CLEEN Foundation to commence 3rd quarter monitoring of FG forfeited assets’ projects

Cleen Foundation, an NGO, says it is set to commence its 3rd quarter monitoring of the Federal Government Infrastructural projects in the Eastern, Western and Northern parts of the country.

Mrs Ruth Olofin, Acting Executive Director of the foundation said this at a news conference on “Monitoring the Utilisation of Forfeited Assets in Nigeria”, held in Abuja.

Olofin said that while leveraging on the increased level of cooperation between the cleen monitoring consortium, the projects contractors, Nigeria Sovereign Investment Authority, and the Federal Ministry of Justice.

“The monitoring group are embarking on its third quarterly visitations to the Three project site locations from the 15th to 27th of November 2021.

“Twenty nine Nigerian citizens domiciled in localities close to the project locations where work is being performed have being trained on the methodology to undertake the monitoring functions including the cleen project team.

“The monitors have been deployed to undertake unscheduled visits to the construction locations.

“And the project locations being monitored cut across Eight states namely Oyo, Ogun, Lagos, Delta, Anambra, FCT (Abuja), Kaduna and Kano,” she said.

“The monitoring team were working to ensure that the forfeited funds worth $311.8million will be for the benefit of the Nigerian people for its assigned infrastructural development,” she said.

Olofin said that the cleen foundation on the 10th of February 2021 was appointed by the Federal Government of Nigeria, the U.S Government and the Bailiwick of Jersey based on the trilateral agreement signed among Nigeria, U.S and the Balwick of Jersey as the civil society organisation to provide effectivemonitoring.

According to her, the foundation is to monitor for the implementation of the tripartite agreement on the sharing, transfer, disposition, repatriation, and management of certain forfeited assets.

“Cleen foundation and her consortium partners, FTI Consulting headquarteredin Washington DC, U.S who are renowned specialists in asset tracing andrecovery, risk assessments, forensic, and others are required to monitor the utilisation of the forfeited assets.

“Cleen foundation and her consortium partners upon an agreed program of works with the Nigeria Sovereign Investment Authority and Responsible Contractors spanning from June 2021 to March 2022 embarked on series of on-the-spot checks and unscheduled visits to these locations.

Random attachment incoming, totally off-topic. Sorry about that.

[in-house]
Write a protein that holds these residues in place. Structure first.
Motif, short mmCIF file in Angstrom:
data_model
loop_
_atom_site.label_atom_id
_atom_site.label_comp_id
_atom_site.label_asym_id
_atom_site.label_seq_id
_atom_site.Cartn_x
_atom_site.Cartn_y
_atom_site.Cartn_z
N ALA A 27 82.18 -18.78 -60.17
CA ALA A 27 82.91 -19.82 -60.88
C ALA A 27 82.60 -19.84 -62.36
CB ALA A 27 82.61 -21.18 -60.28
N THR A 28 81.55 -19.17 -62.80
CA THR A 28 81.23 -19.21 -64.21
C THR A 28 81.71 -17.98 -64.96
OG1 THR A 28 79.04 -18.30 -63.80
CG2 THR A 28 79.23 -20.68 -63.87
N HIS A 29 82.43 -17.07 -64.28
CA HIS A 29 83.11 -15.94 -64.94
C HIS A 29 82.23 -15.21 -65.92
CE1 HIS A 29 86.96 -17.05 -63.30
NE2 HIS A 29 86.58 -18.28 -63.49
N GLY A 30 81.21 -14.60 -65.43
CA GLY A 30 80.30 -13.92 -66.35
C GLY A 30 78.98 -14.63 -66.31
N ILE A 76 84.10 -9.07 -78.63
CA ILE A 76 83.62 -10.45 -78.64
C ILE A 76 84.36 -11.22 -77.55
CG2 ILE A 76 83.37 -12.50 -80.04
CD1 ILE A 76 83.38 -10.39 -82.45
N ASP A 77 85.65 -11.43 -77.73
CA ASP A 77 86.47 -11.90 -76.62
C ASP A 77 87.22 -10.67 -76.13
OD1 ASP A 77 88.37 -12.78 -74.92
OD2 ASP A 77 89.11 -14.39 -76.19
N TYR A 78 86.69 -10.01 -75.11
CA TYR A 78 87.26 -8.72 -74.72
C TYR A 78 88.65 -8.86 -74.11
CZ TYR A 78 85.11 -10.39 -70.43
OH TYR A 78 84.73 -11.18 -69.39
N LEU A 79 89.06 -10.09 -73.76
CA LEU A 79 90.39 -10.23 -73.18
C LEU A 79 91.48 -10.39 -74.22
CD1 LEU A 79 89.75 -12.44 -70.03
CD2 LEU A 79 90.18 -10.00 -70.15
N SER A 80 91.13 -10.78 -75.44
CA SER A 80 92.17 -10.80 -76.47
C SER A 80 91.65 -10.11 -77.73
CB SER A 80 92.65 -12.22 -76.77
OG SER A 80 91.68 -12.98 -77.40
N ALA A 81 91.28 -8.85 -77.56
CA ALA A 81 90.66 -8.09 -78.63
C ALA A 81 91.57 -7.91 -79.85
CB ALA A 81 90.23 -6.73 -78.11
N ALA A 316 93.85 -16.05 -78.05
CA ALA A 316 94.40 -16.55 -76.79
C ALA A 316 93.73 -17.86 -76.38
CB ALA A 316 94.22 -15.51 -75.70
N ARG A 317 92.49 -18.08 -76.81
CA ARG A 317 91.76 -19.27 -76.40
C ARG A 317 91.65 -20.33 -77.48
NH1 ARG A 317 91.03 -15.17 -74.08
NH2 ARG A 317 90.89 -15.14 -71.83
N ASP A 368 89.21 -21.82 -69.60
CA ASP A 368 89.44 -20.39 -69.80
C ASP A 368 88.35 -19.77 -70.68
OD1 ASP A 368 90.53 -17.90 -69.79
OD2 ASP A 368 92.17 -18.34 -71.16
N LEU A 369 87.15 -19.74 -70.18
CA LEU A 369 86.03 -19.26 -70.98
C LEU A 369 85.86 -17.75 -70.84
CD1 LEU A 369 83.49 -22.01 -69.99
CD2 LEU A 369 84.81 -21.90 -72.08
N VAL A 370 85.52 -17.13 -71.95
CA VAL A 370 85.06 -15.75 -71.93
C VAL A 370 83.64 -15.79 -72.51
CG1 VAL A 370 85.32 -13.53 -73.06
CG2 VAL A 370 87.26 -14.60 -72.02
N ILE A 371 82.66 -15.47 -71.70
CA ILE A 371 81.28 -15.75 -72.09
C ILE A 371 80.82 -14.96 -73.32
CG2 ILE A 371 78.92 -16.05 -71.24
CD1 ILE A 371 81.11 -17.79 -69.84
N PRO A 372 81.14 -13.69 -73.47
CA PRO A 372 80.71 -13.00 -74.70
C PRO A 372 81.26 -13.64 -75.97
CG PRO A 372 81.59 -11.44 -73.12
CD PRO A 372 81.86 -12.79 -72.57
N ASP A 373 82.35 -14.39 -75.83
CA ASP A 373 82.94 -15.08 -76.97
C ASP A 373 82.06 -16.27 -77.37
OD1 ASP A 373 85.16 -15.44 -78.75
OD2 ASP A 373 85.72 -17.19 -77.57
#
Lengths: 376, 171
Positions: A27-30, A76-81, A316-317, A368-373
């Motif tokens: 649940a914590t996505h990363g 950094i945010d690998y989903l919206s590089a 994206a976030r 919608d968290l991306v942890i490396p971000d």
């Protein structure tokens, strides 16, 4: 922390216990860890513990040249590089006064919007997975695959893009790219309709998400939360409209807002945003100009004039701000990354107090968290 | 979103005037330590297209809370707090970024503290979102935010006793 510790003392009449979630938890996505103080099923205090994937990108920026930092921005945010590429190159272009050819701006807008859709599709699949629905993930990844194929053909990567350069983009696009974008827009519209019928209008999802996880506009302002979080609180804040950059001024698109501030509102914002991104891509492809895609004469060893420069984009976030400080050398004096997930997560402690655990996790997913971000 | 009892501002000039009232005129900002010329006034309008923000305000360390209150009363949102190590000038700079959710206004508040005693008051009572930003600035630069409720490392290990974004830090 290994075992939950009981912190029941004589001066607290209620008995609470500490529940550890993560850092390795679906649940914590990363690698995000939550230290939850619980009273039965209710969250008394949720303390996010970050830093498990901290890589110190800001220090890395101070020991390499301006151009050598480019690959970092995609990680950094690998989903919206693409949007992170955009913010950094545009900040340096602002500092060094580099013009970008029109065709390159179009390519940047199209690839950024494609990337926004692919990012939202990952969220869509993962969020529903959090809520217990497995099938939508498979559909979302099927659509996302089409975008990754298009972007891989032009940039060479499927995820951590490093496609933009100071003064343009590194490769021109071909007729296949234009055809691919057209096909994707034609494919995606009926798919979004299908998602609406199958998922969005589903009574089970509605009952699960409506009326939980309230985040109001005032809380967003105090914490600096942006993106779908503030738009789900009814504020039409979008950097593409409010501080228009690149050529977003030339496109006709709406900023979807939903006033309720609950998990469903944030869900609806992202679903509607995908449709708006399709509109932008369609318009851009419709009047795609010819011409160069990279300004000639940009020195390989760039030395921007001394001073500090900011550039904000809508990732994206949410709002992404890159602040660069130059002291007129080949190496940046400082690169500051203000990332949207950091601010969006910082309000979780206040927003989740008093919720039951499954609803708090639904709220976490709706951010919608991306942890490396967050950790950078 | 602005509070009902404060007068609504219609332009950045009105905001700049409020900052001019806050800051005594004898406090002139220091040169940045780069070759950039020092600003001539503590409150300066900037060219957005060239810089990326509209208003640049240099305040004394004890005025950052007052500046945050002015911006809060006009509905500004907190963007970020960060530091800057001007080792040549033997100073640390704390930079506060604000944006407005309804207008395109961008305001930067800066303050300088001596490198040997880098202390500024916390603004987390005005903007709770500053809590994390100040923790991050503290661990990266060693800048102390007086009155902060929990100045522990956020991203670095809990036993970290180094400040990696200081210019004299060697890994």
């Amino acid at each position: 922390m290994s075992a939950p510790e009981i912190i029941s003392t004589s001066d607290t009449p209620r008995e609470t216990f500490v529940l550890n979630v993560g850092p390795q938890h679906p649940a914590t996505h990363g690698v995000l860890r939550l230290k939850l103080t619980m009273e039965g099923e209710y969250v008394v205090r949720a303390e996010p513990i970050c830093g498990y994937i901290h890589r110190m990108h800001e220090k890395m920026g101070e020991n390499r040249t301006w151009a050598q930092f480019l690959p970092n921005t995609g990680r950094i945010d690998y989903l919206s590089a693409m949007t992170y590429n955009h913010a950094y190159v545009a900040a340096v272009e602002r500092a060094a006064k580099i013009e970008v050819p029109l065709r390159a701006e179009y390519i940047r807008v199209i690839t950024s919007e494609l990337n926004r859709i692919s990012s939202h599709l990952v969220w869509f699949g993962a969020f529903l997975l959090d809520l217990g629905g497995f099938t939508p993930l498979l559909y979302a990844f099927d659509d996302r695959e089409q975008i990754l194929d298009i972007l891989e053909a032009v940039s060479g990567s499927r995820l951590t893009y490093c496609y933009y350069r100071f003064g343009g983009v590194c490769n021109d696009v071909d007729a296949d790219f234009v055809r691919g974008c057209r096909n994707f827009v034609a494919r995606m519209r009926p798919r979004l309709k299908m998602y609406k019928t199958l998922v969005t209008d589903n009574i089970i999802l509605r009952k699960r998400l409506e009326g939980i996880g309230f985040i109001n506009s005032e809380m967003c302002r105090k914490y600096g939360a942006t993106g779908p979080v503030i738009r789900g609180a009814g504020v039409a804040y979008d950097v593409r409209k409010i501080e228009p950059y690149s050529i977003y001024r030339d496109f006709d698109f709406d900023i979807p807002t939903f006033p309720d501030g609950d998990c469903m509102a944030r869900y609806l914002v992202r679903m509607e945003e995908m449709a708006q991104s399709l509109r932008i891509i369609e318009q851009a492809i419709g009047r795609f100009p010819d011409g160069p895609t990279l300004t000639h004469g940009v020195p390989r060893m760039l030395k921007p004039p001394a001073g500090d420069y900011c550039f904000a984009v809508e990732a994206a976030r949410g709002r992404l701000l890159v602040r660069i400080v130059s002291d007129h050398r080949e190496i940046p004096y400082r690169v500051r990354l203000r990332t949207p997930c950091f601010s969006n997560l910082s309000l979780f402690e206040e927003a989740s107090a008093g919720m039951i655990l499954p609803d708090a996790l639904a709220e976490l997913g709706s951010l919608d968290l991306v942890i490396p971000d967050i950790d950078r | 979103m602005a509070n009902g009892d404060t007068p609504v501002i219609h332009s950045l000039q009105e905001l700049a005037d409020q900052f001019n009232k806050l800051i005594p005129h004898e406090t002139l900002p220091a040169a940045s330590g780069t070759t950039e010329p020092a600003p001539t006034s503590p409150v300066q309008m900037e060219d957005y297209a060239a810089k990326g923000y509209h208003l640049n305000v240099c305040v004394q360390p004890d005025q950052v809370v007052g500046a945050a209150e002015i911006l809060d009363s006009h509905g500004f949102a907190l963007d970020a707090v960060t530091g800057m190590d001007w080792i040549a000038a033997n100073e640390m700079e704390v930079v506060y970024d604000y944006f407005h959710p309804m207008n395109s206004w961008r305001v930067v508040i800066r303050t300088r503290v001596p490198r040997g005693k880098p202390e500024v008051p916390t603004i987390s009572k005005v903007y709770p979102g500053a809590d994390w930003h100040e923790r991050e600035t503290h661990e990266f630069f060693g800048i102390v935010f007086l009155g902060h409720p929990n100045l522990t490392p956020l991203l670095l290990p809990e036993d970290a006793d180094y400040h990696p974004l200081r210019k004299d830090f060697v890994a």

“During monitoring, workers were on site, construction activities are ongoing, and each of the project offices are staffed and operational.

“The Monitoring team was mot timely and without incident by the EPC Contractorswho were suitably prepared and offered appropriate comprehensive updates on thenature and progress of works at each of the site locations.

“The quality of work observed appears to be consistent with acceptable standards and there were simultaneous ongoing construction activities on both sides of the dual carriageway of the Abuja-Kano Road, sections of the Second River Niger Bridge, and the Lagos-Ibadan Expressway,” she said.

She commended contractors of the Three forfeited assets infrastructure projects for upholding best construction practices.

“Examples of infrastructures built when we conducted our monitoring activities include but are not limited to the following; Median Barrier, Road Drainage, Main Carriageway, and Remedial Work “road markings, grass planting,” she said.

Olofin said that the cleen monitoring consortium during her monitoring visitations to the project site locations in June 2021 in relation to the forfeited assets, observed that work is progressing at each project location and at good standards.

She added that the means and methods used by the EPC Contractors, especially at the Second River Niger Bridge, appeared to be innovative.

She also said that for the Second River Niger Bridge, Julius Berger Construction company demonstrated good innovation using geotextile, given that the secondary road subgrades were weak.

She noted that the construction method and value engineering has several benefits that include accelerating the construction time, increasing the road lifespan and durability, and reducing the need for frequent maintenance.

“In addition, the cold recycling method which promotes effective cost management isanother valued engineering method by Julius Berger Nigeria at the Abuja-Kano Road,” she said.

She said that a total of 450 unscheduled visits have been undertaken to the three project locations on a two quarterly site visits since the commencement of the project in June 2021.

Olofin noted that the scope of work are inclusive and not limited to compliance with regards to anti-corruption, anti-human trafficking procurement practices, forensic auditing, engineering and infrastructure.

She urged the Nigeria Sovereign Investment Authority to live up to its responsibility to supervise the utilization of funds by Julius Berger Nigeria PLC and Reynolds Construction Company who were contracted by the Federal Ministry of Works and Housing.

According to reports, the forfeited assets amounting to N126 billion is being spent on three projects that cut across three zones of the country equally.

N42 billion naira for the Lagos-Ibadan expressway, N42 billion for the second Niger bridge; and N42 billion for the Abuja-Kano Road.
The rehabilitation of the Lagos to Ibadan Expressway was awarded to two EPC Contractors, the Reynolds Construction Company Ltd. (RCC), and Julius Berger Ltd.(JBL).

While Reynolds Construction Company is responsible for Section two of the Lagos- Ibadan Expressway (Sagamu-Ibadan), Julius Berger Nigeria Limited is responsible for Section one of the Lagos-Ibadan Expressway (Lagos-Sagamu axis), Second River Niger Bridge and the Abuja-Kano Road.

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